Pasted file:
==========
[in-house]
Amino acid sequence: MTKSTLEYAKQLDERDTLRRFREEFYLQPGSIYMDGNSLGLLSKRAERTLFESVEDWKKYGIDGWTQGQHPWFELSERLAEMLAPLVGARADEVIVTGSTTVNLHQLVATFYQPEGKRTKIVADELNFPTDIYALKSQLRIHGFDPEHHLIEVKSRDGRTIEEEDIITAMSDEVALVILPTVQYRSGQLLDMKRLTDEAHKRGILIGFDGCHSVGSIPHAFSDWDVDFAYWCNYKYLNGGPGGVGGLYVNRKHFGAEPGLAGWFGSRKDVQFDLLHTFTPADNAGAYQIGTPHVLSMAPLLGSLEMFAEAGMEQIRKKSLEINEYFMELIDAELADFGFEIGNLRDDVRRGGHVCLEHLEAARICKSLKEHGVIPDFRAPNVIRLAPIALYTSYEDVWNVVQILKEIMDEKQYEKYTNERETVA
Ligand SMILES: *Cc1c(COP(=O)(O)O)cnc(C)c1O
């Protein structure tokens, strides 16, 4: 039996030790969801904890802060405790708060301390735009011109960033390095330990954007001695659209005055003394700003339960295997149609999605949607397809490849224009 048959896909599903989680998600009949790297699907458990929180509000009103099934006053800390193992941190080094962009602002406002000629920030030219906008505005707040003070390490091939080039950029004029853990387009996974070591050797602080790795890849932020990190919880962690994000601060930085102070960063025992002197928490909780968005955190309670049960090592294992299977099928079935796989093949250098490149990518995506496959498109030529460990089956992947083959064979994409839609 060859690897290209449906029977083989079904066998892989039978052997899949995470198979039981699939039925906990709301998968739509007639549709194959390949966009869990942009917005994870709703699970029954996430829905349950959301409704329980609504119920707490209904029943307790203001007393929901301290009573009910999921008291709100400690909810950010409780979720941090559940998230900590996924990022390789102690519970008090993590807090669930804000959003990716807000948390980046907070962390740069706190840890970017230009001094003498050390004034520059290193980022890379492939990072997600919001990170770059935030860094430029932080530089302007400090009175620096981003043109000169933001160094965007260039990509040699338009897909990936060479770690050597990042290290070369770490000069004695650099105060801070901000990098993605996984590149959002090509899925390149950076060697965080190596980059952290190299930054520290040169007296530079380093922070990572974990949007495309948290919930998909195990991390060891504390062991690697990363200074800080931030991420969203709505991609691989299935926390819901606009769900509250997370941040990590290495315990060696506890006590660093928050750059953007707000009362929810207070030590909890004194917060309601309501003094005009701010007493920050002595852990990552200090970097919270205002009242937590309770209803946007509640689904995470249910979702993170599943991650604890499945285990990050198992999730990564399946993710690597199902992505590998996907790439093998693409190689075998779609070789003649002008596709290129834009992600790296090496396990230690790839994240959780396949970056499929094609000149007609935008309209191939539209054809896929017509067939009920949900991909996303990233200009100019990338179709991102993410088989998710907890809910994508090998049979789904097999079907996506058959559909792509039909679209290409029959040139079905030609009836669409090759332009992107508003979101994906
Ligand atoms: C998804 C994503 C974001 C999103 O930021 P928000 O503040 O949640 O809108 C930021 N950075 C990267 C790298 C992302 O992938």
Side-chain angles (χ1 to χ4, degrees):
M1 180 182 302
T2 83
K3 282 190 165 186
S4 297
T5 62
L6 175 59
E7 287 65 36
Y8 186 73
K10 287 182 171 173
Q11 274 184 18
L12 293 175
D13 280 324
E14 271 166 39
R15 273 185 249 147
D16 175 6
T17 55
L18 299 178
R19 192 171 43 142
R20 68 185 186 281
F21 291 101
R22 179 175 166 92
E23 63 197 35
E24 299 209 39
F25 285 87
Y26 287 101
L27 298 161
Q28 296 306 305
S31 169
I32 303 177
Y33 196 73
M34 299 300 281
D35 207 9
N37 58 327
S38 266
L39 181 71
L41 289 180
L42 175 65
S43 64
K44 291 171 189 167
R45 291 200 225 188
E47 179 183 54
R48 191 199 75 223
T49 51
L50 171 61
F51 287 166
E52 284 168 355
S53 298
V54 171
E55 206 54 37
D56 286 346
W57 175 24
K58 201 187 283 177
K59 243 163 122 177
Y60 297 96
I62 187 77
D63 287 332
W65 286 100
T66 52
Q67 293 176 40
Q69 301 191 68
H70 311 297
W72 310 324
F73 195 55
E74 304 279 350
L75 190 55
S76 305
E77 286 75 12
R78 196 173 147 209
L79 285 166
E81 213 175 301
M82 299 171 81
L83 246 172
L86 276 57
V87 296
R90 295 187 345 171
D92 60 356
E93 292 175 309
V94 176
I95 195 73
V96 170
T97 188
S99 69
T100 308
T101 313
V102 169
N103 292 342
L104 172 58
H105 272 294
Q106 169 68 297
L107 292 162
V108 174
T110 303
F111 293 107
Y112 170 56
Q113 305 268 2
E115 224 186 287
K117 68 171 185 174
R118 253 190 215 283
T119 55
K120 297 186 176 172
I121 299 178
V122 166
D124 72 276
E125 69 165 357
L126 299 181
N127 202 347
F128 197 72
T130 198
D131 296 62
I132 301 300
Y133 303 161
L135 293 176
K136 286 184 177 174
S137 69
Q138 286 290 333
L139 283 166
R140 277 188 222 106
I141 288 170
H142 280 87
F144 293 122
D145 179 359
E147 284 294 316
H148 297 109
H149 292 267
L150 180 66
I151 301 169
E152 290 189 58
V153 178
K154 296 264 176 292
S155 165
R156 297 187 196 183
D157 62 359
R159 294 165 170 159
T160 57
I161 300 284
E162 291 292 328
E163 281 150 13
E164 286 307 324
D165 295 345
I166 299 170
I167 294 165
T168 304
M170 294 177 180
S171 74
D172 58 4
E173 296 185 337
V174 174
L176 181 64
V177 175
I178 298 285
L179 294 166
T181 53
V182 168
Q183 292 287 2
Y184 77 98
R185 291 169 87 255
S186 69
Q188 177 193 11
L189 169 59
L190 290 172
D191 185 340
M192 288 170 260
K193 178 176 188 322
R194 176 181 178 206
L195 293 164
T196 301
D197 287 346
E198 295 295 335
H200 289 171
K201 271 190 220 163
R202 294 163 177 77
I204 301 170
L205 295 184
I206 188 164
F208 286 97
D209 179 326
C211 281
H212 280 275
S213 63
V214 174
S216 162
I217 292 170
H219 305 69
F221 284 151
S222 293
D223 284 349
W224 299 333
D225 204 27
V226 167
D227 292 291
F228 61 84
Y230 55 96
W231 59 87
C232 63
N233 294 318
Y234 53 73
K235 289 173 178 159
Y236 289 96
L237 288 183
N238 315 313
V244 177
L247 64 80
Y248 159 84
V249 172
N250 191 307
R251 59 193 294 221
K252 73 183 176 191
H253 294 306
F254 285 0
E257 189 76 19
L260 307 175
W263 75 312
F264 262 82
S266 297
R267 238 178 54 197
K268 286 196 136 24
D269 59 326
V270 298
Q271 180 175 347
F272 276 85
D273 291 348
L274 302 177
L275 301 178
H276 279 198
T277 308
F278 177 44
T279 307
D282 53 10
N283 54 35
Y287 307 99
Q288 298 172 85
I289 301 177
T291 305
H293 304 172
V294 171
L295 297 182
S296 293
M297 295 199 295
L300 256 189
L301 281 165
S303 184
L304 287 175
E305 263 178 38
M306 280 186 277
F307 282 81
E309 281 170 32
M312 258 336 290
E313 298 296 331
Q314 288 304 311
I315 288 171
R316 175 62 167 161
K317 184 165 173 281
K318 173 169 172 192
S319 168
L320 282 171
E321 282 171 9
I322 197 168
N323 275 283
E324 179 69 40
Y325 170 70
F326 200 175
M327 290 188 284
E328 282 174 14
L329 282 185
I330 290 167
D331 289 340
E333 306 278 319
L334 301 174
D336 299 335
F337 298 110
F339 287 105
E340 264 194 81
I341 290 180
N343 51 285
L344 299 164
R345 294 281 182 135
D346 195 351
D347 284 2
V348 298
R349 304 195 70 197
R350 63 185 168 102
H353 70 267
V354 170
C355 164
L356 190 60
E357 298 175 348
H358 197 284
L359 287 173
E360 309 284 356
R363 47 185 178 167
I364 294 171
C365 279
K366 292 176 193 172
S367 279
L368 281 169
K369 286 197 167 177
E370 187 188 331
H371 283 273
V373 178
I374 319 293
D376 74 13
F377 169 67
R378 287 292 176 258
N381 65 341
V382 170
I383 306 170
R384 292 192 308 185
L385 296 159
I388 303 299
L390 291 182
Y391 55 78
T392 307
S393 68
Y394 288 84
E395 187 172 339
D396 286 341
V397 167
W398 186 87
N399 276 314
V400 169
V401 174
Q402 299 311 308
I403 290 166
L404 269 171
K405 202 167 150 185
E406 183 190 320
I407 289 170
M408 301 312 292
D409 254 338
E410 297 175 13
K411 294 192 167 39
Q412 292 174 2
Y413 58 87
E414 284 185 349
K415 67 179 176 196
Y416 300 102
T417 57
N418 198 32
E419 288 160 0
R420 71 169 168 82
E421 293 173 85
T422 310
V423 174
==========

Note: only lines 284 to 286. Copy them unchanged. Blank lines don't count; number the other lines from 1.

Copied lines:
D347 284 2
V348 298
R349 304 195 70 197